Associate professor, Manitoba Health Research Chair Professor in Immunology,Department of Immunology, Department of Medical Microbiology,Faculty of Health Sciences, College of Medicine,University of Manitoba.Address:Department of Immunology, Faculty of Health Sciences, College of Medicine,University of Manitoba,750 McDermot Avenue,425 Apotex Centre,Winnipeg, Manitoba, R3E 0T5.Phone: 1-204-977-5659Fax: 1-204-789-3921Email: firstname.lastname@example.org
Parasitic diseases continue to be one of the major causes of mortality and morbidity around the world (particularly in developing countries) and afflict more people than any other infectious disease. Sadly, despite the high mortality and morbidity and enormous socio-economic impact of parasitic diseases, not much interest is shown in this area of research and parasitic diseases remain relatively neglected in terms of research investment. In Dr. Uzonna’s laboratory, we study two diseases caused by protozoan parasites namely: Leishmaniasis and African trypanosomiasis. We utilize cellular and molecular immunologic approaches to study host-pathogen interactions that result in susceptibility or resistance to these diseases. We have taken these two-prong (host and pathogen) approach because we believe "it takes two to tango" and that the outcome of infection is influenced by the intricate interactions between the host and the pathogen. The overarching question that we seek answer to is:“what host and parasite factors contribute to susceptibility or resistance following infection with Leishmania or African Trypanosome?” Two major host factors of particular interest to our laboratory are regulatory T cells and memory T cells. Some of the questions we ask are:•Do memory cells develop after infection with protozoan parasites? If they do, how are they generated and are they important in resistance following secondary exposure? •What causes the loss of acquired immunity in animals that effectively controlled their primary parasitic infection?•How can regulatory T cells be activated to prevent immune cell hyper-activation and the subsequent pathology associated with such activation?From the parasite's side, we are interested in parasite-derived factors that:•Enhance the invasion process resulting in establishment of infection•Contribute to the take-over of host immune defenses •Alter the host immune system to make it permissible for parasite proliferation (immunomodulation).We utilize a variety of animal models, including targeted gene knockout and transgenic mice, genetically modified parasites, and more recently, proteomics to dissect cellular immune responses following protozoan infections. Although we primarily use mouse models in our studies, we are working towards finding vaccines for humans and livestock. Some of our vaccine candidates are in the early/planning stages of conducting protection studies in non-human primates.If you are interested in finding a cure and/or vaccines against poverty-associated and neglected diseases of the developing world, come and join the dynamic and enthusiastic team of trainees and researchers in Dr. Uzonna’s Lab.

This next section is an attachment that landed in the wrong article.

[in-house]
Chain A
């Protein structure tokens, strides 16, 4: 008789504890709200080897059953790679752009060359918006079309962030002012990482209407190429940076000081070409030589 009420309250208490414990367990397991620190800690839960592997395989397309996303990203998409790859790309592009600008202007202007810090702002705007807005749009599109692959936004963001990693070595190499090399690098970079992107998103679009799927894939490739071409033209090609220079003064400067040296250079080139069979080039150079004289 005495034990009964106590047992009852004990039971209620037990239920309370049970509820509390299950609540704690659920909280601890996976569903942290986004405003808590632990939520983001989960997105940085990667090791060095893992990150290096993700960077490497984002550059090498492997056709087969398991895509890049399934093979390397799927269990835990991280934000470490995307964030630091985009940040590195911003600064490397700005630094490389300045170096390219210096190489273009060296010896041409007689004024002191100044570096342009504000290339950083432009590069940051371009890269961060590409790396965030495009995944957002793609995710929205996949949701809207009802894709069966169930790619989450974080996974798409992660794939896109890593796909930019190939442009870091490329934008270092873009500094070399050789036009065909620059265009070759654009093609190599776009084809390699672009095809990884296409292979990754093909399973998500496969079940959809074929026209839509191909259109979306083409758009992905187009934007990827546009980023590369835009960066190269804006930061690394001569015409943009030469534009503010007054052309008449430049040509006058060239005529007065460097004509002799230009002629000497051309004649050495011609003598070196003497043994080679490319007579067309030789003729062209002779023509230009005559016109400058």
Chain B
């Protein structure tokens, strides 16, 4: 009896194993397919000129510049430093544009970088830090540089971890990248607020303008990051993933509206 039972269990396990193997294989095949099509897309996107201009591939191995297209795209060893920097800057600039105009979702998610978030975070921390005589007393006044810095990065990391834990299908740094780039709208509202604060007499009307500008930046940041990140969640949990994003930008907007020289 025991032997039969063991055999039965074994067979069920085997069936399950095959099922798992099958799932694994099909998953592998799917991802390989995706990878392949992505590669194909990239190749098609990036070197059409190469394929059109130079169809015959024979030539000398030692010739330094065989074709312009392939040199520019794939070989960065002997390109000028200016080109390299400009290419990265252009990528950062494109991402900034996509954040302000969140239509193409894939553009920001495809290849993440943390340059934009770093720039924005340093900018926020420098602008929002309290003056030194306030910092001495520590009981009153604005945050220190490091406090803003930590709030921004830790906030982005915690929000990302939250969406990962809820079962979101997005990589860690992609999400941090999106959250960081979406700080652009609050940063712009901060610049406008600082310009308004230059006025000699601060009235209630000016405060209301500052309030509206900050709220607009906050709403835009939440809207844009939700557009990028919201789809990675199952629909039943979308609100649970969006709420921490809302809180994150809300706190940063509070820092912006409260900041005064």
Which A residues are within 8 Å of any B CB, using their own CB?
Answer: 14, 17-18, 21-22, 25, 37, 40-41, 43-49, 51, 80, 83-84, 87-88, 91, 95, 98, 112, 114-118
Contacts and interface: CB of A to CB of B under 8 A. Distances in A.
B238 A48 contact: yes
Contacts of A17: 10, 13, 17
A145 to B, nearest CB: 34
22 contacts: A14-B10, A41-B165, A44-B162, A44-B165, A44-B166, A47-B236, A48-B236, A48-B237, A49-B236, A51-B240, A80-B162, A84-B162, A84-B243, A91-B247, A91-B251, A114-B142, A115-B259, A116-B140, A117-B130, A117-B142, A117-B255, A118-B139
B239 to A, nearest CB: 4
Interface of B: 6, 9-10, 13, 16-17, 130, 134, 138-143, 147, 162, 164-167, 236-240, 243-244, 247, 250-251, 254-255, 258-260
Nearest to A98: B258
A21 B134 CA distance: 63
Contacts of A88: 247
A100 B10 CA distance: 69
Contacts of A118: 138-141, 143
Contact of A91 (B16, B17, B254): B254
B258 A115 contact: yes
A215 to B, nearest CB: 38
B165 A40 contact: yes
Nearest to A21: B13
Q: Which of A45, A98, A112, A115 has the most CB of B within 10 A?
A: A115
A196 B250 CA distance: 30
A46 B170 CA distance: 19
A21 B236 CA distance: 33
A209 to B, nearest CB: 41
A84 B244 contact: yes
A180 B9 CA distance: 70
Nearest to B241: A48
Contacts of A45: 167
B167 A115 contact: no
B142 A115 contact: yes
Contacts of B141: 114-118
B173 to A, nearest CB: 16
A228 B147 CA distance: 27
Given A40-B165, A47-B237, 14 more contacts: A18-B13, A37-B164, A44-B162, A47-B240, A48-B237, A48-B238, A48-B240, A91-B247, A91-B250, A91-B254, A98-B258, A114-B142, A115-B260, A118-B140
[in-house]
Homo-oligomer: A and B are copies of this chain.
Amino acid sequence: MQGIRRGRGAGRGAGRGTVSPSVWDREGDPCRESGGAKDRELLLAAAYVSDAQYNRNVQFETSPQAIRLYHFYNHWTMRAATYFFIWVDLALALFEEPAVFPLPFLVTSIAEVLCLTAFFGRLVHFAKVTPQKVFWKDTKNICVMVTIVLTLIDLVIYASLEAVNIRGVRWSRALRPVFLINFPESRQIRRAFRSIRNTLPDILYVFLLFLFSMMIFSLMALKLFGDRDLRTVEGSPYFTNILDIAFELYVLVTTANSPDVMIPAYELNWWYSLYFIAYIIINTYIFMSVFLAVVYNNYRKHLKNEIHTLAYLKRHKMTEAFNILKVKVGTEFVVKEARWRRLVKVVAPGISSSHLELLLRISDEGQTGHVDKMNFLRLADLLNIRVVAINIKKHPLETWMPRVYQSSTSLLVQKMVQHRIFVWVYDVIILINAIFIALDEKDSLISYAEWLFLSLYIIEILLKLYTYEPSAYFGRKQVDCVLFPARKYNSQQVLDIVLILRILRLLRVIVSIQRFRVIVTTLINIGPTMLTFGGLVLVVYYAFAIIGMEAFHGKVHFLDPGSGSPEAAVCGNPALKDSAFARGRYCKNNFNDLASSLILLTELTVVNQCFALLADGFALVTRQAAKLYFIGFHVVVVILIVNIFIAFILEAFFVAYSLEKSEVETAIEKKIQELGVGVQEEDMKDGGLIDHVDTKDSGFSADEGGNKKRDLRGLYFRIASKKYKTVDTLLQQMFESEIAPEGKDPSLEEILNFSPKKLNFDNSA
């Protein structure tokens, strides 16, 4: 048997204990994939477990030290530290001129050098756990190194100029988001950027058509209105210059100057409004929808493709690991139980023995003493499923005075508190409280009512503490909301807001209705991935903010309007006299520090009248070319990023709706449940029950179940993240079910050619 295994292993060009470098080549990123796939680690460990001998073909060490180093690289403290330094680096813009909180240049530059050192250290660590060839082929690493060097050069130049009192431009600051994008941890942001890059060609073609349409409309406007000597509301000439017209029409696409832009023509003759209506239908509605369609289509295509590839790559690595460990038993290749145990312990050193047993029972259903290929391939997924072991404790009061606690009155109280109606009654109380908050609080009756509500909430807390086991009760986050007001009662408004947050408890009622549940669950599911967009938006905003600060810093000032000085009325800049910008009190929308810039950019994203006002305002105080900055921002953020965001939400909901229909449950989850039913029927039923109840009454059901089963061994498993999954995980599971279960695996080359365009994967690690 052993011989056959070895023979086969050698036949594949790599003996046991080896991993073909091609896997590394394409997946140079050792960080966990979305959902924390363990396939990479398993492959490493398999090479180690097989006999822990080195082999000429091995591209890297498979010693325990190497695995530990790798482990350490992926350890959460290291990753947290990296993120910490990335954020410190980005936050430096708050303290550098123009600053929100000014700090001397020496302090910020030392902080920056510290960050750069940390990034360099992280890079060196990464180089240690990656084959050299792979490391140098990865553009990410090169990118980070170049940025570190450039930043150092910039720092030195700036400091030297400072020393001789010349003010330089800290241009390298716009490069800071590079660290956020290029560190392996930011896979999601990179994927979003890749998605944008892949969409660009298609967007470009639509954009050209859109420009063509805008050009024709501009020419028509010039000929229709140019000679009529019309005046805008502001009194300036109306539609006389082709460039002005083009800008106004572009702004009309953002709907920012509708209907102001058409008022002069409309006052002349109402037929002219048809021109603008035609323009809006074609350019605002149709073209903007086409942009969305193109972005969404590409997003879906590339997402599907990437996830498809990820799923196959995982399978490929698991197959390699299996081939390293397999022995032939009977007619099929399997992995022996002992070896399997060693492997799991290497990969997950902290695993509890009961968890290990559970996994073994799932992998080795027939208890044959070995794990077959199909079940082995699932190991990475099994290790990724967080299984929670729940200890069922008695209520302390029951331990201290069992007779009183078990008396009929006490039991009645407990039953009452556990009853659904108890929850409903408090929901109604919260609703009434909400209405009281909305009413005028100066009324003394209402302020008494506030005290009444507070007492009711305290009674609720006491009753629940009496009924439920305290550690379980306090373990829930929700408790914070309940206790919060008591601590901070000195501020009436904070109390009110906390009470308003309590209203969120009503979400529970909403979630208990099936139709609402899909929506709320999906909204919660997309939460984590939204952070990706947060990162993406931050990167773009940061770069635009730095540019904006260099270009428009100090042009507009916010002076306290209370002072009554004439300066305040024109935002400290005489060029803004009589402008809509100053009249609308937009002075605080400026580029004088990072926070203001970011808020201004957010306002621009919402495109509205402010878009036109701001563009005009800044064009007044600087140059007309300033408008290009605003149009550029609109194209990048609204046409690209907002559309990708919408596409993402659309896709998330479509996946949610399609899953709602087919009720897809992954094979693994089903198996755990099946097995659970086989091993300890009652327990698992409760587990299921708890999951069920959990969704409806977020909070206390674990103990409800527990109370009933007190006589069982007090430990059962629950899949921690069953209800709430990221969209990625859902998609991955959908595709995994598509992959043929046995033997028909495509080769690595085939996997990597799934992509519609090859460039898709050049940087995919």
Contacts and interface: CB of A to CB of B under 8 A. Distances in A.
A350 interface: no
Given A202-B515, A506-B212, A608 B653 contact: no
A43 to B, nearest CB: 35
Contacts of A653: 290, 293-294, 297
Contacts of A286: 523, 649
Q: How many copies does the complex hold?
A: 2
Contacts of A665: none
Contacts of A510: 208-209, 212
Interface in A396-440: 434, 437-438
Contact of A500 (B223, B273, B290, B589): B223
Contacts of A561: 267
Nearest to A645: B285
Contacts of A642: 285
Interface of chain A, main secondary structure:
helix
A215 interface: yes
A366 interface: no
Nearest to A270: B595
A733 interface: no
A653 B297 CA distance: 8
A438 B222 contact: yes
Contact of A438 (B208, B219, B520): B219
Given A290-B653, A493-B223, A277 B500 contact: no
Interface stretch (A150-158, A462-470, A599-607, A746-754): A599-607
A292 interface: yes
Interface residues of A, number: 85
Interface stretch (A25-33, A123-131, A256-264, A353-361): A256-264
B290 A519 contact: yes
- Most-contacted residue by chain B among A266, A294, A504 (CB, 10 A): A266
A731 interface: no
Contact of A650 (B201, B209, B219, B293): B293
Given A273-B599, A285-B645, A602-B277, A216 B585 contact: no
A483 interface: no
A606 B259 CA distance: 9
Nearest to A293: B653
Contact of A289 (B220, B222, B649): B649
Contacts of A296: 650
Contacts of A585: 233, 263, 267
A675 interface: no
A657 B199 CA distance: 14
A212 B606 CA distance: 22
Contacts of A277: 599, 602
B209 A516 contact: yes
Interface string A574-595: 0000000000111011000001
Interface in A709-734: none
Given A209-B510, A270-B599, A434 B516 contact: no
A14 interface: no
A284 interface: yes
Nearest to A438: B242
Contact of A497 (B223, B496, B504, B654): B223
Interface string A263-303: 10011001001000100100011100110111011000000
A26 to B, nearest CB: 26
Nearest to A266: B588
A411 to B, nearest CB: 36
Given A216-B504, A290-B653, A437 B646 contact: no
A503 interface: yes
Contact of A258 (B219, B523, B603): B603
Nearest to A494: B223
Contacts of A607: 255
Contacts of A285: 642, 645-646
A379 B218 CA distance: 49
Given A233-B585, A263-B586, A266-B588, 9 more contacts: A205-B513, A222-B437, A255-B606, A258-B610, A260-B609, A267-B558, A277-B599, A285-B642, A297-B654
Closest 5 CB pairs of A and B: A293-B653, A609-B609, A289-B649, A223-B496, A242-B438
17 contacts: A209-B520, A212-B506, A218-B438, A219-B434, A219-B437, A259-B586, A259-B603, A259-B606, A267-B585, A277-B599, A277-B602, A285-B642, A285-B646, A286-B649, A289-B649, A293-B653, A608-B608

Welcome to Uzonna Lab
Another important research activity going on in ourlaboratory (Host-PathogenInteraction Laboratory) involves understanding the pathogenesis of Sepsis/Septic Shock. Sepsis syndrome (also known as systemic inflammatory response associated with infection, sepsis, severe sepsis, and septic shock) is a condition characterized by a whole-body inflammatory state and the presence of a known or suspected bacteria, usually gram-negative organisms. Sepsis syndrome and septic shock are common and frequently fatal clinical conditions in all age groups and are leading causes of mortality in intensive care units, particularly in children and older adults. Therefore, understanding the pathogenesis of the disease is an important step towards designing appropriate clinical interventions both for preventive and treatment purposes.We have successfully developed a laboratory model of lipopolysaccharide - induced acute inflammation leading to septic shock in mice. We have also developed an Escherichia coli-induced model of inflammation in mice. We are using both models to interrogate the role of regulatory T cells, a subset of T cells that act to restrain and/or suppress excessive immune activation, and phosphoinositide 3-kinase (PI3K), a key intracellular signalling enzyme, in ameliorating sepsis and acute inflammatory responses. There are ongoing clinical studies aimed at expanding autologous human regulatory T cells in vitro, for in vivoinfusion to treat autoimmune disorders. We envisage situations where this could also be done for the management of sepsis and septic shock in patients.